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RANKL and RANK: From Mammalian Physiology to Cancer Treatment

RANKL and RANK: From Mammalian Physiology to Cancer Treatment | Drug development | Scoop.it
The tumor necrosis factor (TNF) receptor RANK (TNFRSF11A) and its ligand RANKL (TNFSF11)
regulate osteoclast development and bone metabolism. They also control stem cell expansion
and proliferation of mammary epithelial cells via the sex hormone progesterone. As
such, RANKL and RANK have been implicated in the onset of hormone-induced breast cancer.
Recently, RANK/RANKL were identified as crucial regulators for BRCA1 mutation-driven
breast cancer. Current prevention strategies for BRCA1 mutation carriers are associated
with wide-ranging risks; therefore, the search for alternative, non-invasive strategies
is of paramount importance.

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DNA vaccine promises permanent, universal protection against the flu

DNA vaccine promises permanent, universal protection against the flu | Drug development | Scoop.it
New research from the University of Washington School of Medicine could pave the way for a universal flu shot by developing a novel DNA vaccine that targets the genetic components of the virus.

Via Krishan Maggon
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This kind of coding would be really beneficial, hope the team succeeds in the development.
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This 'breakthrough' protein glue could save lives in emergencies

This 'breakthrough' protein glue could save lives in emergencies | Drug development | Scoop.it

Australian and American biomedical engineers have developed a stretchy surgical glue that rapidly heals wounds, a "breakthrough" that has the potential to save lives in emergencies, its designers say.

 

The injectable glue, MeTro, is based on a naturally occurring protein called tropaelastin. It is applied directly to the wound and is then activated with UV light to form a complete seal, eliminating the need for staples or stitches. Its elasticity means it's designed to work well on shape-changing internal organs like the lungs and heart.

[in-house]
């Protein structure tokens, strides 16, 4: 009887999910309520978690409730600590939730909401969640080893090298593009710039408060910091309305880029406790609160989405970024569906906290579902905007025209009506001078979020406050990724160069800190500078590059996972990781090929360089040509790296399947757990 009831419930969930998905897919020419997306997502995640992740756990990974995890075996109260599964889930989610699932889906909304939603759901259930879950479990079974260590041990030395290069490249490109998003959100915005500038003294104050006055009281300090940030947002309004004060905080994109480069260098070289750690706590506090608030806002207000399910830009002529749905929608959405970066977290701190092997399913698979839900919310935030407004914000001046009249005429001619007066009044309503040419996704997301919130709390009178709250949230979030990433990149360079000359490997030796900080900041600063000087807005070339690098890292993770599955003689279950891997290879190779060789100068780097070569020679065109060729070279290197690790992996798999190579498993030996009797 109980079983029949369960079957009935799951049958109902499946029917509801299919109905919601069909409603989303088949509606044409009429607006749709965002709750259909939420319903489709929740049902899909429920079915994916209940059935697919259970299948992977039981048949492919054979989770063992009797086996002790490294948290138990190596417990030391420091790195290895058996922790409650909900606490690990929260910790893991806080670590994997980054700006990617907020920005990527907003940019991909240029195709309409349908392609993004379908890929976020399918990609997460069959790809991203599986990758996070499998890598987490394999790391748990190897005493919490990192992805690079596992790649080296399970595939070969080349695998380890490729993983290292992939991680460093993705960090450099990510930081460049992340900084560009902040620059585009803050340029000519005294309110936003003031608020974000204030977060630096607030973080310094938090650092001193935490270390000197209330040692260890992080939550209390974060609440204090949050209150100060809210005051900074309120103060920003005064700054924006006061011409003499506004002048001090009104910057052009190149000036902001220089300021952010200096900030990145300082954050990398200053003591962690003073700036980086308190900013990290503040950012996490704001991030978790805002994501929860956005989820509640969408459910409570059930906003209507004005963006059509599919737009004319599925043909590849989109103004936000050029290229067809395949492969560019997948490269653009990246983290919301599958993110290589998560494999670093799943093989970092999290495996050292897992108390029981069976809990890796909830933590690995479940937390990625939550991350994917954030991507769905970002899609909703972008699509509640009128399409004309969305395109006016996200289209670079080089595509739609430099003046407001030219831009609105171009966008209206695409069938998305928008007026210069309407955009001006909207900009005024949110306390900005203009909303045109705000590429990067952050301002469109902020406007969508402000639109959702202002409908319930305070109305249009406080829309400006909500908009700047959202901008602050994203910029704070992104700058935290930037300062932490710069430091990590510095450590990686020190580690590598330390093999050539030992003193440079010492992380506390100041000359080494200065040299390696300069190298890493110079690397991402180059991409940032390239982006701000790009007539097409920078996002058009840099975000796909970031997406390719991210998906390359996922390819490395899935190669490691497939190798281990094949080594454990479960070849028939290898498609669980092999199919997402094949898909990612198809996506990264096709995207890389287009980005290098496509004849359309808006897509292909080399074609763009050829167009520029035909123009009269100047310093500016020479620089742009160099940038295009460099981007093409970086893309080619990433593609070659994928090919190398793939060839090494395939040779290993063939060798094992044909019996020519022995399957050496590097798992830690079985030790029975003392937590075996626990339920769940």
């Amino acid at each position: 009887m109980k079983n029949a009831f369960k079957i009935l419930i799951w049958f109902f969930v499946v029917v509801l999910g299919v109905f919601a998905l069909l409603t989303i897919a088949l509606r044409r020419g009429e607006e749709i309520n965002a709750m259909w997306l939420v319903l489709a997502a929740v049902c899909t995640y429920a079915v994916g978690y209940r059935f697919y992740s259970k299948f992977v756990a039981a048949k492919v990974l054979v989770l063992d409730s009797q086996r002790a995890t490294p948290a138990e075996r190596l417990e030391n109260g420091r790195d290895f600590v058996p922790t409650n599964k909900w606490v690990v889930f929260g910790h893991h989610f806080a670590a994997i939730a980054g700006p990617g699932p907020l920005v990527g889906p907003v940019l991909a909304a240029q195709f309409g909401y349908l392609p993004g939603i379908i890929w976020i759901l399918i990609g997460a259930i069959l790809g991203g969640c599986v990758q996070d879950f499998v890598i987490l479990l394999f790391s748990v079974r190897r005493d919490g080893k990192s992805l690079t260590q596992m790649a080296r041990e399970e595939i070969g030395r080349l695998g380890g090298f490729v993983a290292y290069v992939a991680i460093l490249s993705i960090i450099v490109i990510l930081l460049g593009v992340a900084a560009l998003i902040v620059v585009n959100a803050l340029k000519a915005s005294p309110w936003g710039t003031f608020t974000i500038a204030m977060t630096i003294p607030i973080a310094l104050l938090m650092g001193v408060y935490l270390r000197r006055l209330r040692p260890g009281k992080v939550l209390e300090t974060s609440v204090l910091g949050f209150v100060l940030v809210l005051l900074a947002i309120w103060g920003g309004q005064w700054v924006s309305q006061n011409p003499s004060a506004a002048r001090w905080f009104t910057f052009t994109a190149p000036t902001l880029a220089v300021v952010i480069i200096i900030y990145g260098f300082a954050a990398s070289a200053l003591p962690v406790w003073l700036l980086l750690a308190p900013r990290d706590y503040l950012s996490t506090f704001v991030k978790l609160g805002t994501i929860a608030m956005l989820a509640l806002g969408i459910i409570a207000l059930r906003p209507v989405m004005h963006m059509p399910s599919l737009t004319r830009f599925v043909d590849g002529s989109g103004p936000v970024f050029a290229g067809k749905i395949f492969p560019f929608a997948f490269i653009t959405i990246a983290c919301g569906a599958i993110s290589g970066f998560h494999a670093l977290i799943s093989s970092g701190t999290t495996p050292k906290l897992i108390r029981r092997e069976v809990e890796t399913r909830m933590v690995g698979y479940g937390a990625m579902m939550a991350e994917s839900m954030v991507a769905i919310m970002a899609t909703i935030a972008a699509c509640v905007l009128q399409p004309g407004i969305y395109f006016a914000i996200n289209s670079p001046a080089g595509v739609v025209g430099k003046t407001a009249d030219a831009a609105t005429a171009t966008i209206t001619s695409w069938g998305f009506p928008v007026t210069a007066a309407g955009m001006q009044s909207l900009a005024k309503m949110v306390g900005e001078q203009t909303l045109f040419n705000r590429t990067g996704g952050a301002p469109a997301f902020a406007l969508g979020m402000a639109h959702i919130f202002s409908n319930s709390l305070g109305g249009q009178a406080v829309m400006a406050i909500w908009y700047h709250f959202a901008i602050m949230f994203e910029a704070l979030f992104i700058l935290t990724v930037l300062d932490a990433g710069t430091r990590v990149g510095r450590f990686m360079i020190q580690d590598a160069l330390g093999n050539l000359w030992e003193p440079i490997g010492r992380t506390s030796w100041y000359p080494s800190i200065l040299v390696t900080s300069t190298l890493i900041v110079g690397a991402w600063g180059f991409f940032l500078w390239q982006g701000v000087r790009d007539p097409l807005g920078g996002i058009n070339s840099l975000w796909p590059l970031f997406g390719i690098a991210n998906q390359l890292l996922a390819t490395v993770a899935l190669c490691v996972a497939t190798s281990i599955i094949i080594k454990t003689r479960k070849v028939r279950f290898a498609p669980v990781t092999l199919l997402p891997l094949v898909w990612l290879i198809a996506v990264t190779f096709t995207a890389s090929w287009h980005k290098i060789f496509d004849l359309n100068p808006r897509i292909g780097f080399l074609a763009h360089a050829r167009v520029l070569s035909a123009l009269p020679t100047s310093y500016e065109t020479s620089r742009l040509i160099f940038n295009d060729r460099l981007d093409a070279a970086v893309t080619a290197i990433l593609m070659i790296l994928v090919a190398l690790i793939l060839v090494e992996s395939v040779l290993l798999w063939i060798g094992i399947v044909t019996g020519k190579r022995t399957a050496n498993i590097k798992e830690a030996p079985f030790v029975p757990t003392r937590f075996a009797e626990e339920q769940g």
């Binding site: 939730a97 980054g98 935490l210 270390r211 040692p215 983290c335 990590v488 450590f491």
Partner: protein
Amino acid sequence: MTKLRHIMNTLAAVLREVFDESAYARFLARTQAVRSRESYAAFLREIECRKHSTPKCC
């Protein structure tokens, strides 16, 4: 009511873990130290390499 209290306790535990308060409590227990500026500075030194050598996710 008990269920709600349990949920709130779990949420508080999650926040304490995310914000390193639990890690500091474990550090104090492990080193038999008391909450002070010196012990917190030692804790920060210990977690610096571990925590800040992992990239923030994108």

A study published in journal Science Translational Medicine showed the glue quickly and successfully sealed incisions in the arteries and lungs of rodents and the lungs of pigs.


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Dorothy R. Cook 's curator insight, October 6, 2017 3:19 PM

An emergency fix that really stick to yah!/What's gluing in health tody? 

Victor Jimenez's curator insight, October 7, 2017 4:37 PM
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New wearable predicts if you’re getting flu

New wearable predicts if you’re getting flu | Drug development | Scoop.it
The new way of tracking and predicting flu outbreaks is an example of how hospitals create with technology which can be commercialized. With the new development – a wearable thermometer - the Thermia online health educational tool was developed at Boston Children's Hospital. The system, when tested out, predicted seasonal influenza outbreaks in China one month earlier than ahead of conventional epidemiological tracking.
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EMA/CHMP recommends Spherox (CO.DON AG.) new advanced therapy to repair cartilage defects in the knee

EMA/CHMP recommends Spherox (CO.DON AG.) new advanced therapy to repair cartilage defects in the knee | Drug development | Scoop.it
New advanced therapy to repair cartilage defects in the knee Spherox recommended for marketing authorisation 

 The European Medicines Agency (EMA) has recommended granting a marketing authorisation in the European Union (EU) for a new advanced therapy medicinal product (ATMP) to treat adult patients who have symptomatic articular cartilage defects in the femoral condyle (the ball-shaped end of the thigh bone in the knee) and the patella (knee cap), where the size of the affected area is no larger than 10 cm².